SHARK NEWS


STeen TrendsettersT

SReading Mentors

in Levy County

Recognized for

SExcellence in Leadership
High school teens from Volunteer USA's Teen
TrendsettersM Reading Mentors programs are being honored
this month as outstanding volunteers in the award winning
youth mentor program. Among the honorees is Claire Brown
of Cedar Key School.
The program pairs high school students with second and
third-graders for one-on-one weekly mentoring sessions.
The goal is to help high-risk mentees who are at least six-
months behind their peers in reading skills and to nurture
the volunteer spirit among youth leaders. The teens received
training in reading, mentoring and leadership skills at the
beginning of the year before helping the younger students
with weekly mentoring sessions focused on reading skills and
other educational activities.
Locally, Claire Brown is recognized for her excellent
service and leadership in serving as a volunteer Teen
TrendsetterTM this school year.
According to Program Advisor Rebecca Linan, "Claire
should be recognized for her leadership skills for many
reasons. Claire established a very positive relationship with
her elementary mentee. The mentee eagerly waits for Teen
Trendsetters Days so that he can spend time reading with
Claire. She is patient and kind with her mentee. Claire
is also organized and hardworking. She participates in
cheerleading, Student Government and Future Business
Leaders of America as well as having a part time job. Even
with her participation in all these clubs Claire fulfills her
duties as a Teen Trendsetter."
The award-winning Teen Trendsetters' program began
in Florida in 2002. Today there are 56 high schools serving
60 elementary schools across the state with approximately
3,500 students benefiting. The program also provides
approximately 25 free Scholastic books to each of the
elementary mentees to add to their home libraries. Teen
TrendsettersTM has been recognized nationally as one of the
most successful and cost-effective youth mentoring programs.
The results in Florida are impressive:
Among Elementary Mentees: At-risk reading performance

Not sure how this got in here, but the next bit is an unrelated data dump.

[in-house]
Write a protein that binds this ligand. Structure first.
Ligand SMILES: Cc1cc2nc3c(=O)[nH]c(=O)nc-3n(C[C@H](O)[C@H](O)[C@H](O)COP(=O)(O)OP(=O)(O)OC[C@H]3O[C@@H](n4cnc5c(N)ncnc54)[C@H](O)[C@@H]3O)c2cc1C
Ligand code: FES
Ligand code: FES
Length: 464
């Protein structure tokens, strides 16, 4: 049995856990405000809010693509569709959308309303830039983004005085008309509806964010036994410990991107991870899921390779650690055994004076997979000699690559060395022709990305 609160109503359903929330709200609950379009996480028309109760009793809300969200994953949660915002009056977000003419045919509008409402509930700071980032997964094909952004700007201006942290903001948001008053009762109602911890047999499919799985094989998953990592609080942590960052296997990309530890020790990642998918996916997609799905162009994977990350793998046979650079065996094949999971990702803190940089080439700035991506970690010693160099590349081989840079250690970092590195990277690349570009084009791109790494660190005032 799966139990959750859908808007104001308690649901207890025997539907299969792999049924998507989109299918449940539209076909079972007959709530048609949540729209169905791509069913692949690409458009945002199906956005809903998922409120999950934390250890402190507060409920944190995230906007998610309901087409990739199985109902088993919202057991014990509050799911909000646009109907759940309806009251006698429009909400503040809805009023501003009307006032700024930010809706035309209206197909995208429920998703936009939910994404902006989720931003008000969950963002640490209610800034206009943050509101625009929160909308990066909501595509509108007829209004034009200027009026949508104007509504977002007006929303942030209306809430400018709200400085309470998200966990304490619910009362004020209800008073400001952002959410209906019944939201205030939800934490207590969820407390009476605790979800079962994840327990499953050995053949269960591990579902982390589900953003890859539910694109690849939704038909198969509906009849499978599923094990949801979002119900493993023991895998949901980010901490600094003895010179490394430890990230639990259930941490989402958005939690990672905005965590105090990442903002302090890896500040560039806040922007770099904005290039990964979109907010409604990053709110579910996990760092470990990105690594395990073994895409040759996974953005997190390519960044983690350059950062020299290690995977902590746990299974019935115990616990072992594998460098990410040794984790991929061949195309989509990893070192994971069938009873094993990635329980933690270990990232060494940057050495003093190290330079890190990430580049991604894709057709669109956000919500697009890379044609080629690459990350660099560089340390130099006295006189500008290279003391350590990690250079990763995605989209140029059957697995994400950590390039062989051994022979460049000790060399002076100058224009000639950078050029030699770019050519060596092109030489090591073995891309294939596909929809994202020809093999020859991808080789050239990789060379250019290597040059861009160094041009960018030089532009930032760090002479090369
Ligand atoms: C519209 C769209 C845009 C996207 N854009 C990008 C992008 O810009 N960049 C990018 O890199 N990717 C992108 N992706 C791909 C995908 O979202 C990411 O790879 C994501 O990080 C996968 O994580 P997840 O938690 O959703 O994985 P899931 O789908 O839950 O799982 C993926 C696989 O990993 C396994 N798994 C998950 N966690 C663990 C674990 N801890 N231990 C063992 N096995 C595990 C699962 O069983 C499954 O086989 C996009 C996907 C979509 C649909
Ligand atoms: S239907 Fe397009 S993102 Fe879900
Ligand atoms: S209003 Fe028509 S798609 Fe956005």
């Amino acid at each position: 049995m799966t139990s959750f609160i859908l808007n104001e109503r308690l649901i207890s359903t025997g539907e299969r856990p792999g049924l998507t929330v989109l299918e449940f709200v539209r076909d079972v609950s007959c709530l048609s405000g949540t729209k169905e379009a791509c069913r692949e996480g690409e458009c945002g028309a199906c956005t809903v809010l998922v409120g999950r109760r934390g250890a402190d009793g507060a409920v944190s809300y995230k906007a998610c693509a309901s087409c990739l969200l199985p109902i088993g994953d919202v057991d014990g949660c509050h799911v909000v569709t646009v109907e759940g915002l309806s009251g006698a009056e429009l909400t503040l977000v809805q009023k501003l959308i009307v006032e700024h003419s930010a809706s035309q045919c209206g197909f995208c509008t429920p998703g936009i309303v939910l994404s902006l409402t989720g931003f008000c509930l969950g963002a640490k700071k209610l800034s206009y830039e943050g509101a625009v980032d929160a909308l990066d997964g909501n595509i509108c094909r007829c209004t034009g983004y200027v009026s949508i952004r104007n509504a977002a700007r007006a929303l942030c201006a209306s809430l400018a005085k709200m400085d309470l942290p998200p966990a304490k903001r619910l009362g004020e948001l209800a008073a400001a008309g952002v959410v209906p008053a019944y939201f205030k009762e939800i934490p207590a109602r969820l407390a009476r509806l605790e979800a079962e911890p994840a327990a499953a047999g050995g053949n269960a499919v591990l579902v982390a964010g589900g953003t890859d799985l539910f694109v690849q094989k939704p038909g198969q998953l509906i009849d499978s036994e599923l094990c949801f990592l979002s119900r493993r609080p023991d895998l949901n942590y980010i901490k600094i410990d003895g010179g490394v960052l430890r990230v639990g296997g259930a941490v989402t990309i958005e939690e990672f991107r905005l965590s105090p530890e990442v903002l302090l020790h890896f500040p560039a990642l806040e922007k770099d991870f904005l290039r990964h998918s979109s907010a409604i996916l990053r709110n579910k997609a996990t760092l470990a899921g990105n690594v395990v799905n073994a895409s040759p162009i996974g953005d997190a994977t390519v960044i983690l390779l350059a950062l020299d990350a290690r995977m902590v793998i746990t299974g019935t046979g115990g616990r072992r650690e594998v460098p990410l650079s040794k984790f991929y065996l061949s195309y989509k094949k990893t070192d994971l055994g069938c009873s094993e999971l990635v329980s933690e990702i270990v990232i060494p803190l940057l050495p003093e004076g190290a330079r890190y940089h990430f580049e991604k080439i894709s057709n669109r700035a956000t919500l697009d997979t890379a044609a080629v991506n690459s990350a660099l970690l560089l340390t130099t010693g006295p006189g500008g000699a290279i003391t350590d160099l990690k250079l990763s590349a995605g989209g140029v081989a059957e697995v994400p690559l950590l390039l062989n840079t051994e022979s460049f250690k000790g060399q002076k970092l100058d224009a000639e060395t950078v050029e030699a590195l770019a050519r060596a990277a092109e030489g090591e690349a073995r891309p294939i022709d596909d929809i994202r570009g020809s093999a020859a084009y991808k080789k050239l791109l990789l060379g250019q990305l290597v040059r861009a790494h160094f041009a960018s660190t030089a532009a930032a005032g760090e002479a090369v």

drops in half; twice as likely to pass standardized reading
test
Among Teen Mentors: 99% graduate high school; 74% earn
Bright Futures compared to just 38% of their peers.


Attention!
Don't forget the Journalism class is presenting a Photo
opportunity for you and your children.
Memories by Misti will be bringing in the Easter Bunny
along with numerous springtime props for a photo shoot.
Two days only, Thursday March 31 and Friday April 1,
from 3 until 8 p.m. Save by getting your advance tickets from
any Journalism student.


FCAT
Florida schools are getting ready for the upcoming FCAT
tests this year. The state wide tests include math and reading,
and for select grades, science. Grades 3 through 11 will begin
testing mid-April.
Teachers are preparing their students for the FCAT by
reviewing major lessons that the test will cover. The students
in 3rd grade need to pass the reading FCAT to be promoted.
This year is the first year that the school has a computer-
based FCAT, except for the reading portion.
Middle and high school teachers use the reading FCAT
scores of students to determine if they need remedial reading
classes. Middle school also has to pass the math FCAT. High
school sophomores need to pass their reading FCAT or get a
high enough score on the SAT to graduate.
By Shamus Miller, Shark Correspondent


Yearbook Completion
Seven months of hard work pays off with the completion
of Cedar Key School's 2010-2011 yearbooks. The journalism
yearbook staff has been working hard since September, taking
pictures, writing captions, and in general getting creative to
make the book flow "in harmony."
At the beginning of the year, the yearbook staff convened
to come up with ideas for this year's theme, design and
layouts. Being this year's editor, Jessi Robinson's job is to set
up templates and carry the theme consistently throughout
the book. She also supervises other staff members and proofs
each page at every step of the production process prior to
submission.
After the plans are made, yearbook staff members set out to
take pictures for the book. Picture day only makes up for part
of the pictures necessary for the book. Action shots, photos of
students doing their work, and pictures of clubs participating
in activities are all crucial for a successful yearbook. Once
the pictures have been taken, students go straight to work
deciding which pictures to use, where to put each one, and
writing captions that make sense but don't bore the reader.
Participation from every grade is important. Each grade
chose a song they felt was a good representation of their class,
and now a part of the chosen song is featured on their class
page. Seniors also have to fill out a little "about me" blurb for
the senior pages.
Fundraisers were also held, including a concert, chicken
dinner, photo shoots and holiday candy baskets, in order to
raise money for production costs. Yearbooks are still available
for purchase at a cost of $50 until May 1st, and then any
available copies will be $55.
By Stephanie Hathcox, Shark Correspondent


Athletes and

Accomplishments
Chloe Reynolds, Shark Correspondent
Deanna Littlefield broke the High School record
previously set by Sam Beckham for the 300 meter Low